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The Times of India, Aug 17, 2016
India has been ranked 66th in a list of most innovative economies, jumping 15 places from last year, according to a new UN report which calls for more transparent policies if the country aspires to become a global driver of innovation.
In the report by the UN World Intellectual Property Organisation (WIPO), India moved up 15 spots from 81st last year to 66th this year in the overall global rankings.
The Global Innovation Index 2016, released by the WIPO, Cornell University, and the multi-nation business graduate school INSEAD, said India ranks among the top 50 economies overall in two pillars: Market sophistication, 33, and Knowledge and technology out-puts, 43.
The country maintains stable or improved rankings across all pillars, with the most significant improvements in Human capital and research, up 40 spots and Busines sophistication, up 59 spots. Within Human capital and research, India data coverage increased, specifically in graduates in sciences and engineering, ranked eighth overall in 2016 while this was a missing value last year, affecting the jump in its ranking. India's ranking in the Business sophistication pillar is affected most by a substantial improvement in Knowledge workers, up 46 spots and Knowledge absorption, up 33 spots.
India also improves in the ranking of firms offering formal training by 56 spots to reach 42nd place. "Furthermore, India improves across all indicators within the Knowledge absorption sub-pillar and it turns in a solid performance in the GII (Global Innovation Index) model's newly incorporated research talent in business enterprise, where it ranks 31st," the report said.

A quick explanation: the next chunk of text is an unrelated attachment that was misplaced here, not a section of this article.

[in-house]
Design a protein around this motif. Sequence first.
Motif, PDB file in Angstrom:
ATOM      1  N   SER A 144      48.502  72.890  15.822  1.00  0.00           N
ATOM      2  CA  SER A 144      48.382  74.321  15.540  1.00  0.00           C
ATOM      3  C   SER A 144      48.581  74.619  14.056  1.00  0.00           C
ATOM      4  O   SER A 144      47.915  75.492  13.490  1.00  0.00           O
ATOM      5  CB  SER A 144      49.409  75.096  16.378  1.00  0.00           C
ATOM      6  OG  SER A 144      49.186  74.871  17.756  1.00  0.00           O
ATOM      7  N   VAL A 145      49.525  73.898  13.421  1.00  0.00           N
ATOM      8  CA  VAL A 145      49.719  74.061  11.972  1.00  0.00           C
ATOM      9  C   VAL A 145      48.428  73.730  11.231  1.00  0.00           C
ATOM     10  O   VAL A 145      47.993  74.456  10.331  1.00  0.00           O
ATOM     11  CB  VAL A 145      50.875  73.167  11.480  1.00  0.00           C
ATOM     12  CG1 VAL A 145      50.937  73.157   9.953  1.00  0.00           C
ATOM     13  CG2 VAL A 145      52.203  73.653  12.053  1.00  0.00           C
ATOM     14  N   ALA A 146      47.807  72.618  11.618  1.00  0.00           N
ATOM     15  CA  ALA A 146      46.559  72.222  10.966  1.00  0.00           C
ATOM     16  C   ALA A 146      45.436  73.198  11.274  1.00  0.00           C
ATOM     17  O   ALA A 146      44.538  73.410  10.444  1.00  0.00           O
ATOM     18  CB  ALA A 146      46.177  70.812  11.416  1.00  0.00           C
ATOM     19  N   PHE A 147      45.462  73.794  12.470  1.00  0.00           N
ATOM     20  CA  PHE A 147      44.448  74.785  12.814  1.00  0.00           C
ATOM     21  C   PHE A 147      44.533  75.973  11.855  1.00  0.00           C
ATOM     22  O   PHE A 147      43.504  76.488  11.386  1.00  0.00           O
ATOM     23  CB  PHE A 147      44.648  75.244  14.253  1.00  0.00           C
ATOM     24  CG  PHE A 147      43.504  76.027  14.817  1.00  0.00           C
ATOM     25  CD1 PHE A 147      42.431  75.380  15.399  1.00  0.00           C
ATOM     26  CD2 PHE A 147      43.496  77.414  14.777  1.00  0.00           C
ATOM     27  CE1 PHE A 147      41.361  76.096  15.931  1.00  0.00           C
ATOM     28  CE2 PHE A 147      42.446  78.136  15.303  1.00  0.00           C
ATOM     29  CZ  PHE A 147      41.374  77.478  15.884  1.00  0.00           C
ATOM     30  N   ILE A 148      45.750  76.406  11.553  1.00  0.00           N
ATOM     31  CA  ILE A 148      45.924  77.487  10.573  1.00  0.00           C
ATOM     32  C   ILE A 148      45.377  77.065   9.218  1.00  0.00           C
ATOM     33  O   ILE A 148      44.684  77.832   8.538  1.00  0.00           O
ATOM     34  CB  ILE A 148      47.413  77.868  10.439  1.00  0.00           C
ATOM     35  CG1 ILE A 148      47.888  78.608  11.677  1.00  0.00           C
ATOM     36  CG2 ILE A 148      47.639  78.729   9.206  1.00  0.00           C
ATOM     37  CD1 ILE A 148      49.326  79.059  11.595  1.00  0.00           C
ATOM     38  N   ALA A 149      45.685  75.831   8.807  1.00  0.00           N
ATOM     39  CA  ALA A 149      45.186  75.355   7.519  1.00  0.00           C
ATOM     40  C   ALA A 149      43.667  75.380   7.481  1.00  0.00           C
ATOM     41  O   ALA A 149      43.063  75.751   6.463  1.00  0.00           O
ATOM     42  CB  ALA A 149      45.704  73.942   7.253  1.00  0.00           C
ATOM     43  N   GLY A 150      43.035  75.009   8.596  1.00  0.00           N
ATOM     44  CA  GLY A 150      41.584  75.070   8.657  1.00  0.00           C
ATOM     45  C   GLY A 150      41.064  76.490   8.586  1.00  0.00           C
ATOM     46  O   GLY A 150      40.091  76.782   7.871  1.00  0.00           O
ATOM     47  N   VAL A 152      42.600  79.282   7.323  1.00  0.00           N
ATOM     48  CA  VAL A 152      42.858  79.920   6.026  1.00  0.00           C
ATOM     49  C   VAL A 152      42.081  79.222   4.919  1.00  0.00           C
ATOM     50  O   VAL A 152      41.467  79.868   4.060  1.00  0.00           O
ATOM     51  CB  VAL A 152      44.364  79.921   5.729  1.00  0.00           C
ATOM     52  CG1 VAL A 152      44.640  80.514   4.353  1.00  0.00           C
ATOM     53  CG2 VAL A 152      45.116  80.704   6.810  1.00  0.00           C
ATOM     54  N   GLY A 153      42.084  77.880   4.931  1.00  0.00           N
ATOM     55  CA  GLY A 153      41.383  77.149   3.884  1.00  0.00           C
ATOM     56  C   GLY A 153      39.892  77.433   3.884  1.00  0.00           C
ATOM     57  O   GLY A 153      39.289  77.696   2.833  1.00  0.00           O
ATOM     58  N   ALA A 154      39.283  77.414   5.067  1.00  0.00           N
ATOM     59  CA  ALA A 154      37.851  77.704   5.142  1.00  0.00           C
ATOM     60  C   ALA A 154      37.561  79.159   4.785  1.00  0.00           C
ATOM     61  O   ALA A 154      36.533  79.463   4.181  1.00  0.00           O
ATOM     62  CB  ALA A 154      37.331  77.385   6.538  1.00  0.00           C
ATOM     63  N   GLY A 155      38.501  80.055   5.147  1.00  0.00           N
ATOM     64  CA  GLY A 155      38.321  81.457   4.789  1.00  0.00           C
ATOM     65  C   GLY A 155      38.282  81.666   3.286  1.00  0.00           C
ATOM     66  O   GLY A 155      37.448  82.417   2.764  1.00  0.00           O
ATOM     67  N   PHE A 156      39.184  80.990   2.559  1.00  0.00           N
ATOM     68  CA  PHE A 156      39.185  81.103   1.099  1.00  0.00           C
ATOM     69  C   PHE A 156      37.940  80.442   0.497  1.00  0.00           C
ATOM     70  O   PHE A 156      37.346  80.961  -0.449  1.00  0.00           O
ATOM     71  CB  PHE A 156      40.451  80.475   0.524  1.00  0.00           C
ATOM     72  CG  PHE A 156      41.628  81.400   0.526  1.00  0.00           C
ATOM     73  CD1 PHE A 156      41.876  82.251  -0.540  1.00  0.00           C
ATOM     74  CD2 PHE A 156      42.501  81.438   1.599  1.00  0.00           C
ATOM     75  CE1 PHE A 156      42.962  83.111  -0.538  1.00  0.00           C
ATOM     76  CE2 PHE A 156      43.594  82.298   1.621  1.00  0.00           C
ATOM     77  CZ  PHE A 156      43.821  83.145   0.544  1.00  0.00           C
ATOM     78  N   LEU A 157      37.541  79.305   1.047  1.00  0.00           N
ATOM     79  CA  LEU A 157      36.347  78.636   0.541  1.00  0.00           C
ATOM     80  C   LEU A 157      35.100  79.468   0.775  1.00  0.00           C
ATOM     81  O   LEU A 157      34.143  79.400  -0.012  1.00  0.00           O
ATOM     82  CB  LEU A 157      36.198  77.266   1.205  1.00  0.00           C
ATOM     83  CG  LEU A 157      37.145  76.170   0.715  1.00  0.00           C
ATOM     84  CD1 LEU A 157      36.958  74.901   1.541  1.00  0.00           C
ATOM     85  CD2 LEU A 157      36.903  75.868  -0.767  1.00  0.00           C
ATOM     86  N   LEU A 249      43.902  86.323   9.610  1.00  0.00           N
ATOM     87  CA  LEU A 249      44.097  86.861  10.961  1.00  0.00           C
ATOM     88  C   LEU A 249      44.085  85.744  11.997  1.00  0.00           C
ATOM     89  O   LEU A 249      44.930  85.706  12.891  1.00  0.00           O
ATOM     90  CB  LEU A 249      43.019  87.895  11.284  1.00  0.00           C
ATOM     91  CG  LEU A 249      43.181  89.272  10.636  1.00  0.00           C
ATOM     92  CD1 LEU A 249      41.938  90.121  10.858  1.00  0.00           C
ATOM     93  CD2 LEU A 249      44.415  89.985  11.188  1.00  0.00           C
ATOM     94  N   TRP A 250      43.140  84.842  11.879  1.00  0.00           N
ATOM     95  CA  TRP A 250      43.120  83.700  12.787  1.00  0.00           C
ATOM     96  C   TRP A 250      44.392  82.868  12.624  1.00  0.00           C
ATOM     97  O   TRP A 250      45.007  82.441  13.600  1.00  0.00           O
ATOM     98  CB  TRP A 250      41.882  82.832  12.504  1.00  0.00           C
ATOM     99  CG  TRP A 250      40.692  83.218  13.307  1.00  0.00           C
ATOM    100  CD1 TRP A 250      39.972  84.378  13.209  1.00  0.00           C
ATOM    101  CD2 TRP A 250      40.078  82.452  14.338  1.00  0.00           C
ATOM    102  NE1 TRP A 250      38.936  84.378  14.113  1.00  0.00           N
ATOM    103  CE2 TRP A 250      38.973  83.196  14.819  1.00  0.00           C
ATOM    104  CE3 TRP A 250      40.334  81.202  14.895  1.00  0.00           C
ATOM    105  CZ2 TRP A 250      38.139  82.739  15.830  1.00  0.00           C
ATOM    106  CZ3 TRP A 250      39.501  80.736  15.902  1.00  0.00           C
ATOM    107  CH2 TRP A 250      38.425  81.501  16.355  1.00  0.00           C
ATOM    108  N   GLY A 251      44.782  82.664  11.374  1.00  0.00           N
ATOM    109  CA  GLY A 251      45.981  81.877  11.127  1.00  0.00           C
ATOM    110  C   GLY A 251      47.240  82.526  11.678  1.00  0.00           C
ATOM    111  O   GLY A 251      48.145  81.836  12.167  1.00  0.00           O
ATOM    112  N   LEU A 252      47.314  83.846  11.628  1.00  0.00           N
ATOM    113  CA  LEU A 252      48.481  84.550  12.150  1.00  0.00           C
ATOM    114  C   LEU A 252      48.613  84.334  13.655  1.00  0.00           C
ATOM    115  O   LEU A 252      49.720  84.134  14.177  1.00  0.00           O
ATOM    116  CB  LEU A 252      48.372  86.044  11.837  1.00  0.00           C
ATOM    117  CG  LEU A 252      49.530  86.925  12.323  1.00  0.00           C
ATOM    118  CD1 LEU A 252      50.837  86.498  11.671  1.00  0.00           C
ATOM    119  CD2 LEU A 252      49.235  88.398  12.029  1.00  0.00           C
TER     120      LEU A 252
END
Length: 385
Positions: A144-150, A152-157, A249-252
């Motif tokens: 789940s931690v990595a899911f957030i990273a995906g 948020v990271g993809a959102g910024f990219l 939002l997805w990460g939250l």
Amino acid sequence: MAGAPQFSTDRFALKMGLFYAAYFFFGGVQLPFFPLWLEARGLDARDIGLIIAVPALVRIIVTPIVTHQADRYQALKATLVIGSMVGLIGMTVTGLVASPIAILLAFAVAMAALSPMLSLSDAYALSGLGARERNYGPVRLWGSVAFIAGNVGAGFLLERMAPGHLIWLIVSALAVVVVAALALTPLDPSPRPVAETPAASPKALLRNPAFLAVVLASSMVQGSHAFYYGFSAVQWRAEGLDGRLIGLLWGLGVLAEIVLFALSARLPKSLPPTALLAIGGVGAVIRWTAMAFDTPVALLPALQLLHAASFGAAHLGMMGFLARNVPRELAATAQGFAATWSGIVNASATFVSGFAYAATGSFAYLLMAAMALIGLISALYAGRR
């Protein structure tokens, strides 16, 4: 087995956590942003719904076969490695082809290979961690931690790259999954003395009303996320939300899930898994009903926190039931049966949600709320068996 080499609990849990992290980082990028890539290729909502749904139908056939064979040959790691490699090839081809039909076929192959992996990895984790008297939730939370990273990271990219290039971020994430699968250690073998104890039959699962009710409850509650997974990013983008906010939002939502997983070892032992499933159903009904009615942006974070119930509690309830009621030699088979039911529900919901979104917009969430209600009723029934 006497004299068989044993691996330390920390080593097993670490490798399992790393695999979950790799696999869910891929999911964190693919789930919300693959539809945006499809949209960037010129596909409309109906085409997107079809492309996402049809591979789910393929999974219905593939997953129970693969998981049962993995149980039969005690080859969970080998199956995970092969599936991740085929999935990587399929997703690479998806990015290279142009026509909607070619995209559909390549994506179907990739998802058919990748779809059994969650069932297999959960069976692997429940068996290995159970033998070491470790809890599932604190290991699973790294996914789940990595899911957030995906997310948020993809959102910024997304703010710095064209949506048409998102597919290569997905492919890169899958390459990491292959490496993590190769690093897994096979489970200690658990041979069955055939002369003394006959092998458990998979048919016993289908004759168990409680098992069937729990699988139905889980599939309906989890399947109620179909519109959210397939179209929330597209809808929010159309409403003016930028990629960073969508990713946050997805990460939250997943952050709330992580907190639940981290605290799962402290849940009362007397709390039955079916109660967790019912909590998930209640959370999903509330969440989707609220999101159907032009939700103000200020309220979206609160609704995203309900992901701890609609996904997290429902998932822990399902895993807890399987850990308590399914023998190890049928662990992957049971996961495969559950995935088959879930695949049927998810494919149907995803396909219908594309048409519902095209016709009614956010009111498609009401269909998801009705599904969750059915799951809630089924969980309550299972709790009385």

However, India shows weakness in two sub-pillars of business environment, 117th, and education, 118th and within this has potential to improve in the the ease of starting a business and pupil-teacher ratio. "India has all the ingredients needed to become a global driver of innovation: A strong market potential, an excellent talent pool and an underlying culture of frugal innovation. Innovative countries have demonstrated the leverage of their cultural advantage to capture markets," the report said.
Similarly, India can build on its cultural bias of frugality and sustainability to capture markets not only within its shores but globally. "For this to happen India's industries need to have the hunger to be at the top of the value chain, its customers have to be more demanding, its policies have to be more transparent, and its talent pool has to get more hands-on experience while simultaneously growing to leverage the global talent pool," the report said. Stay updated on the go with Times of India News App. Click here to download it for your device.
2018: India climbs 3 spots to 57th
China Up 5 Slots, Now At 17th Position
India has consistently been climbing up the Global Innovation Index (GII) since 2015, but the country still has to improve on many indicators to catch up with China and others leading the table in the list of 126 nations.
The 2018 rankings put India at 57th position and China at 17th as compared to their last year’s rankings of 60th and 22nd, respectively, providing an insight into their growing innovation capabilities and results.
The rankings are published by the World Intellectual Property Organisation — a specialised agency of the United Nations — in association with Cornell University and graduate business school INSEAD. The Confederation of Indian Industry (CII) is one of the knowledge partners which assists the GII team in brining out the rankings.
India has maintained its perch at the top in the central and south Asia region, consistently moving up from 81st rank in 2015 to 57th this year.
“Given its size and innovation development, India has the potential to make a true difference to the global innovation landscape in the years to come. The Indian government and CII are working closely with the GII team to further improve the Indian performance,” said CII director general Chandrajit Banerjee.
The GII report shows India has been improving its ranking on the basis of certain parameters which are flagged as the country’s strengths. It includes India’s human capital (graduates in science & engineering), growth rate of GDP per worker, exports of information and communication technology and services, productivity growth and creative goods exports among others.
However, the country fared badly on other indicators including political stability and safety, ease of starting business, overall education and environmental performance.